The Public Prosecutor's Office, against the prefabricated houses boom: it defends that there is no legal loophole and that they need a licence.


The Public Prosecutor's Office is warning both the companies that offer them and the owners in view of the boom in sales of this type of housing after the pandemic.



Placing a prefabricated house on land without planning permission - be it an orchard, a plot of land in the countryside or in the mountains - can lead to prison sentences. This is the warning that the Public Prosecutor's Office has given to companies that sell these homes, as well as to people who want to buy them. The Public Prosecutor's Office points out that there is no "legal vacuum" in terms of permits to place them, as some companies claim, and argues that the regulations are clear: in the eyes of Justice, they are homes like those made of brick and cement.

Antonio Vercher, head of the Environment and Urban Planning Unit of the State Attorney General's Office, has sent a decree to the rest of the delegated prosecutors in which he urges them to investigate some practices related to the so-called 'mobile homes', such as placing these constructions in areas that do not have the necessary licenses to build with the excuse of being transitory or mobile, some even without water or electricity connections precisely to try to avoid the courts. The public prosecutor compiles different rulings that point in the same direction: any house, whether prefabricated or not, needs permits. The document states that it is not even relevant the temporary nature referred to by some companies. In other words, it makes no difference whether the house is intended for temporary living or not, or whether it is to be moved. "A building is any work or construction intended to house people, either to serve as a permanent or temporary dwelling or for other purposes", states the text, which also states that "any housing structure requires a licence". 


Prefabricated houses on protected land

The problem goes further when it comes to protected land. In 2017, the Supreme Court upheld sentences of one and a half years in prison for a group of people who placed houses of this type in the Guadarrama river basin, an area protected by the Natura 2000 network. The sentence was finally one and a half years in prison for a crime against land use planning for placing "absolutely prohibited" constructions in a park with an "ecological value of undoubted constancy", in such a way that they "urbanised" and "denaturalised" the land, according to the sentence.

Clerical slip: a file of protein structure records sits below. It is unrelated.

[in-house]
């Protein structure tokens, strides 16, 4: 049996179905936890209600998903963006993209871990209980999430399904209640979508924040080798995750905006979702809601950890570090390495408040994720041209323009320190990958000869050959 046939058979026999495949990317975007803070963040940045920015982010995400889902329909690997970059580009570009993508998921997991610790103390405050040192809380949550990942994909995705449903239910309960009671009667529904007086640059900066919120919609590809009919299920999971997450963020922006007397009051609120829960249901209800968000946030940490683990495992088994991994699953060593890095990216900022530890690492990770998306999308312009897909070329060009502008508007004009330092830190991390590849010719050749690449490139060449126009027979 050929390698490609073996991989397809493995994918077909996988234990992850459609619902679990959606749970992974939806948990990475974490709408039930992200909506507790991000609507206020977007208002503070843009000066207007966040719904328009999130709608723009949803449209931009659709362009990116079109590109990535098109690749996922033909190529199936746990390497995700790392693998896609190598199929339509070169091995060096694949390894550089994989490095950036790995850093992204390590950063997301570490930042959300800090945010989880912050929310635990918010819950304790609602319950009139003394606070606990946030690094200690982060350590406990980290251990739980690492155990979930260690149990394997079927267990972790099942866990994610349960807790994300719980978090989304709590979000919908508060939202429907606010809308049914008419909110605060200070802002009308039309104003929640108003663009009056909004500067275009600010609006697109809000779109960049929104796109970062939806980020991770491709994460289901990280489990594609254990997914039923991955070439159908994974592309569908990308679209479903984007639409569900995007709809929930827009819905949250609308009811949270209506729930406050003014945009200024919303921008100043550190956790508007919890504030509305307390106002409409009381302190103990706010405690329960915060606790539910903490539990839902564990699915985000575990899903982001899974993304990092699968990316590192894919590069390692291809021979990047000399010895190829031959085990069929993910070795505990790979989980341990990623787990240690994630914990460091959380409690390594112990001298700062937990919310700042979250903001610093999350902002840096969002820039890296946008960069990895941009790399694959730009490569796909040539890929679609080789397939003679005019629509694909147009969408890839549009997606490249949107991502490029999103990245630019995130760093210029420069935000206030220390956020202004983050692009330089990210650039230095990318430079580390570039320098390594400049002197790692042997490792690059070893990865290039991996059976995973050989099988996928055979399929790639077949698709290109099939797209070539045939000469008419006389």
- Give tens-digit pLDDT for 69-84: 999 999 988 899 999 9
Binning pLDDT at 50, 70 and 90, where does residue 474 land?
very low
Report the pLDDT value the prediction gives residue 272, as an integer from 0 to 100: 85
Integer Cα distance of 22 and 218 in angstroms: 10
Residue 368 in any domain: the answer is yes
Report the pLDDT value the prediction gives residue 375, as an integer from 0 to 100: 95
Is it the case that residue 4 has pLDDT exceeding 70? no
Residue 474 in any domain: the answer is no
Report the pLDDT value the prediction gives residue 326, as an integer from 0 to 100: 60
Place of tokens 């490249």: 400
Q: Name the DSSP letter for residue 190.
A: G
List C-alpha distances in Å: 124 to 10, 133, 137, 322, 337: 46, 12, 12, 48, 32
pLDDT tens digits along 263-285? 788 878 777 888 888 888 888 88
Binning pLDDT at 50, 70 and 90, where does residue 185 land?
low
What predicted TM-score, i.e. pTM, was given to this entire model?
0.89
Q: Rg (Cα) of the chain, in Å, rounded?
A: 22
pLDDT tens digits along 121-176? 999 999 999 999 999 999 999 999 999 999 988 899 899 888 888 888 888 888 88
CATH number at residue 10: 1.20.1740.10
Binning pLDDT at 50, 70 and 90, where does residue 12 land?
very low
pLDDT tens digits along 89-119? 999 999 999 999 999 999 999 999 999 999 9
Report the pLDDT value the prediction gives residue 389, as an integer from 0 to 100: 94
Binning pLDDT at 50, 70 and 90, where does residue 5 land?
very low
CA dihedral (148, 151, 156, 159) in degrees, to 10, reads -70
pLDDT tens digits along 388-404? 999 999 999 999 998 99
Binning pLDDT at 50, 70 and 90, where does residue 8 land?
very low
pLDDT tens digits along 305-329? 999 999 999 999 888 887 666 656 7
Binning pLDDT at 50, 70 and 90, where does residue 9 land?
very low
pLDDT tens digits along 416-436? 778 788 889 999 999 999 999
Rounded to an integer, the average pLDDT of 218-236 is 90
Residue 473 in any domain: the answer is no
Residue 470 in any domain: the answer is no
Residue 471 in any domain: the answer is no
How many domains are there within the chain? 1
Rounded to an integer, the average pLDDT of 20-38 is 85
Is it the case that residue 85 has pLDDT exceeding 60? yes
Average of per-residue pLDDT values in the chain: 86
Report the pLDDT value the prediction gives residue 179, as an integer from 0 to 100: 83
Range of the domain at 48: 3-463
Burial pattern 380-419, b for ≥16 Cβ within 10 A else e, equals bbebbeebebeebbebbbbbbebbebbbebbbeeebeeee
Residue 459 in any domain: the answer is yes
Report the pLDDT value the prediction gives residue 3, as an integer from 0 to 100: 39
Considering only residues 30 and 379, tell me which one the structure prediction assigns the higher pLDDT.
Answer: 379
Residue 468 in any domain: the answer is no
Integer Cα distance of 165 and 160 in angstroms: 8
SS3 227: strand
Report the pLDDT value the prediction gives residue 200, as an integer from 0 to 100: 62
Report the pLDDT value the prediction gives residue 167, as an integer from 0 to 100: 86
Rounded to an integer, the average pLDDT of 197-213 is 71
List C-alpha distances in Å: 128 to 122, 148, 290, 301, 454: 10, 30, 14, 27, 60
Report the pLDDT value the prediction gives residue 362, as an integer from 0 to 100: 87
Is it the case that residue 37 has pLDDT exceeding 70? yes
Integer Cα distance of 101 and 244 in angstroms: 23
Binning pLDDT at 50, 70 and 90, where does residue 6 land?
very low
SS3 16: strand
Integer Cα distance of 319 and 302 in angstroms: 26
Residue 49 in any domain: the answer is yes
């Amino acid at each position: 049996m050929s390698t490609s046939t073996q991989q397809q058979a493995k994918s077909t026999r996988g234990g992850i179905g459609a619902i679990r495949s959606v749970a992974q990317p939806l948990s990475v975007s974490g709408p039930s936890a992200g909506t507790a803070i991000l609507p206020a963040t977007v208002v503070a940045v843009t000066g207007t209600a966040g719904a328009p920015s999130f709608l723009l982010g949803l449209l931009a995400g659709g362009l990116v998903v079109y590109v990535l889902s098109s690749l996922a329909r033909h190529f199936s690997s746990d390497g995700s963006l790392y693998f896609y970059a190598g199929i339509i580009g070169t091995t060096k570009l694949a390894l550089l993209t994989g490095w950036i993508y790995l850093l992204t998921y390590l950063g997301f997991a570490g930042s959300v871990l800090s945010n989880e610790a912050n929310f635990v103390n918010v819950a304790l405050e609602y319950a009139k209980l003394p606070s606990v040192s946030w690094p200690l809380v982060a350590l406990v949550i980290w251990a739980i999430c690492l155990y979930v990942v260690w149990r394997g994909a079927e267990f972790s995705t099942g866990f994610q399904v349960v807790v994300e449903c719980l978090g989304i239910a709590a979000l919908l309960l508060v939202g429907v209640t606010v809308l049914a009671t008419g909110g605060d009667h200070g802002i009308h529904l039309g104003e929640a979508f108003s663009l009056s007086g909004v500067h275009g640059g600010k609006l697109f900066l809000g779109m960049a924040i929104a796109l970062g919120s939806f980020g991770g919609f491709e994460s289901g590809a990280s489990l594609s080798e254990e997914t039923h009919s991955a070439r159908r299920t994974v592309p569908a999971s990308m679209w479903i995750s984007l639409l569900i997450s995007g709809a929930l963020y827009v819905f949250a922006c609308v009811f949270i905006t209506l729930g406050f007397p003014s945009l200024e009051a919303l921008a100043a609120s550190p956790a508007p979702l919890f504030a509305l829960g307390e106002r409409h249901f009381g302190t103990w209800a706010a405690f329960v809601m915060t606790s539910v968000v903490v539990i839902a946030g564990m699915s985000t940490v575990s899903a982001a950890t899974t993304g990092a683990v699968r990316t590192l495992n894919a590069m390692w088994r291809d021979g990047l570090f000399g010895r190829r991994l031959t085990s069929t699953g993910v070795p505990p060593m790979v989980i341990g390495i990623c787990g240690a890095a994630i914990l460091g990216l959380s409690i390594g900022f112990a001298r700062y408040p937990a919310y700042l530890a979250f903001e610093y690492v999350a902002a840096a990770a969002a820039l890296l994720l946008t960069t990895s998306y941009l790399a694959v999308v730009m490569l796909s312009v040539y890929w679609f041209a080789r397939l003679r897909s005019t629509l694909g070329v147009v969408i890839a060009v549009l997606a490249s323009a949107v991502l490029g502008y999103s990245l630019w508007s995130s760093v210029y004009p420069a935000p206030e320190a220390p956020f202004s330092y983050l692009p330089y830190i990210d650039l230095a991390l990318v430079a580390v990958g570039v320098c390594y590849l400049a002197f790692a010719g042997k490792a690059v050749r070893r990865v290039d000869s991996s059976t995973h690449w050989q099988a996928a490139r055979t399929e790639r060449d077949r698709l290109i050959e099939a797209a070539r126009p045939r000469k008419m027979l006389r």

Juan Manuel López Rubio, a lawyer for Ecologists in Action, recounts similar cases that have been occurring for years, although he points out that there has been an increase since the coronavirus pandemic. The lawyer explains that before it was more complicated for them to appear in the cases because they had to prove that it was a dwelling with a "vocation of permanence", which is why he values the prosecutor's document in a positive way: "Now it is clear what the position of the ministry is at a national level. On the one hand, it facilitates the work in the courts, and more importantly, it transmits [the guidelines] to those who sell houses and say that they can be legalised, as well as to the owners". For his part, the owner of a Valencian company dedicated to this business knows that placing this type of housing "on a rustic plot of land such as an orchard is not legal, what happens is that people buy, place and chimpún". The businessman assures that there is a "legal scale", but that if the land does not have the permits, it is not legal: "But [the owners] do it, as if it were a piece of furniture from Ikea", he adds.